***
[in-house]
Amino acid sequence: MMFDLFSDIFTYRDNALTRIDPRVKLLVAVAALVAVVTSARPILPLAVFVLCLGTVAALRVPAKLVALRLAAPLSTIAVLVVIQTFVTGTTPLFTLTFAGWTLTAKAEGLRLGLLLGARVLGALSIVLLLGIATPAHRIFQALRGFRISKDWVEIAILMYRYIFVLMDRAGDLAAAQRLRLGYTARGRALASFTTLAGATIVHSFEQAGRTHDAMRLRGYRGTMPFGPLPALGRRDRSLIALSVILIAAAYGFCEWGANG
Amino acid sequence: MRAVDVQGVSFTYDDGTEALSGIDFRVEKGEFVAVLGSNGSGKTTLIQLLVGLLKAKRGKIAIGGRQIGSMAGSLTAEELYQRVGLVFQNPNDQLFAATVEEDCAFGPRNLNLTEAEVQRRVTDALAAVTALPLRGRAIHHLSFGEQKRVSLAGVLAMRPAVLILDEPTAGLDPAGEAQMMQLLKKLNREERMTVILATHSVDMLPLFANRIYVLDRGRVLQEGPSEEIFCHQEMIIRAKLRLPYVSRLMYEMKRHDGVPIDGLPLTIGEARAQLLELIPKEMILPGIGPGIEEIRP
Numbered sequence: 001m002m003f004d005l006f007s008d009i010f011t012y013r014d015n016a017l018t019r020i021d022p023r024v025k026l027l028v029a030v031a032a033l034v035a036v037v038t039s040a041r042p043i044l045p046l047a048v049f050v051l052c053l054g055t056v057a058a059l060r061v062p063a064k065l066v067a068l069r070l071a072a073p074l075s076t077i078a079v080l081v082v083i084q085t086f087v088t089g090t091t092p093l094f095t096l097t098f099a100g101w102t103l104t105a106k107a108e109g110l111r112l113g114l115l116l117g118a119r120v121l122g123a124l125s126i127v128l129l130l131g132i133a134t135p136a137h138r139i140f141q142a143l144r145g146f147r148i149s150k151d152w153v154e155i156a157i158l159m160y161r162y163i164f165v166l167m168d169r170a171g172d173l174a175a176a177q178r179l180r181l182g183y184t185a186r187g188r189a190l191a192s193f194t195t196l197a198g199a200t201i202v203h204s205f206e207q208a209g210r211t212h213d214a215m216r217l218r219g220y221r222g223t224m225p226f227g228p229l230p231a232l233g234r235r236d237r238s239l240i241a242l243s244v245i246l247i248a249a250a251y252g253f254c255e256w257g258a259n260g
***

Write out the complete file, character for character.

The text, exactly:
[in-house]
Amino acid sequence: MMFDLFSDIFTYRDNALTRIDPRVKLLVAVAALVAVVTSARPILPLAVFVLCLGTVAALRVPAKLVALRLAAPLSTIAVLVVIQTFVTGTTPLFTLTFAGWTLTAKAEGLRLGLLLGARVLGALSIVLLLGIATPAHRIFQALRGFRISKDWVEIAILMYRYIFVLMDRAGDLAAAQRLRLGYTARGRALASFTTLAGATIVHSFEQAGRTHDAMRLRGYRGTMPFGPLPALGRRDRSLIALSVILIAAAYGFCEWGANG
Amino acid sequence: MRAVDVQGVSFTYDDGTEALSGIDFRVEKGEFVAVLGSNGSGKTTLIQLLVGLLKAKRGKIAIGGRQIGSMAGSLTAEELYQRVGLVFQNPNDQLFAATVEEDCAFGPRNLNLTEAEVQRRVTDALAAVTALPLRGRAIHHLSFGEQKRVSLAGVLAMRPAVLILDEPTAGLDPAGEAQMMQLLKKLNREERMTVILATHSVDMLPLFANRIYVLDRGRVLQEGPSEEIFCHQEMIIRAKLRLPYVSRLMYEMKRHDGVPIDGLPLTIGEARAQLLELIPKEMILPGIGPGIEEIRP
Numbered sequence: 001m002m003f004d005l006f007s008d009i010f011t012y013r014d015n016a017l018t019r020i021d022p023r024v025k026l027l028v029a030v031a032a033l034v035a036v037v038t039s040a041r042p043i044l045p046l047a048v049f050v051l052c053l054g055t056v057a058a059l060r061v062p063a064k065l066v067a068l069r070l071a072a073p074l075s076t077i078a079v080l081v082v083i084q085t086f087v088t089g090t091t092p093l094f095t096l097t098f099a100g101w102t103l104t105a106k107a108e109g110l111r112l113g114l115l116l117g118a119r120v121l122g123a124l125s126i127v128l129l130l131g132i133a134t135p136a137h138r139i140f141q142a143l144r145g146f147r148i149s150k151d152w153v154e155i156a157i158l159m160y161r162y163i164f165v166l167m168d169r170a171g172d173l174a175a176a177q178r179l180r181l182g183y184t185a186r187g188r189a190l191a192s193f194t195t196l197a198g199a200t201i202v203h204s205f206e207q208a209g210r211t212h213d214a215m216r217l218r219g220y221r222g223t224m225p226f227g228p229l230p231a232l233g234r235r236d237r238s239l240i241a242l243s244v245i246l247i248a249a250a251y252g253f254c255e256w257g258a259n260g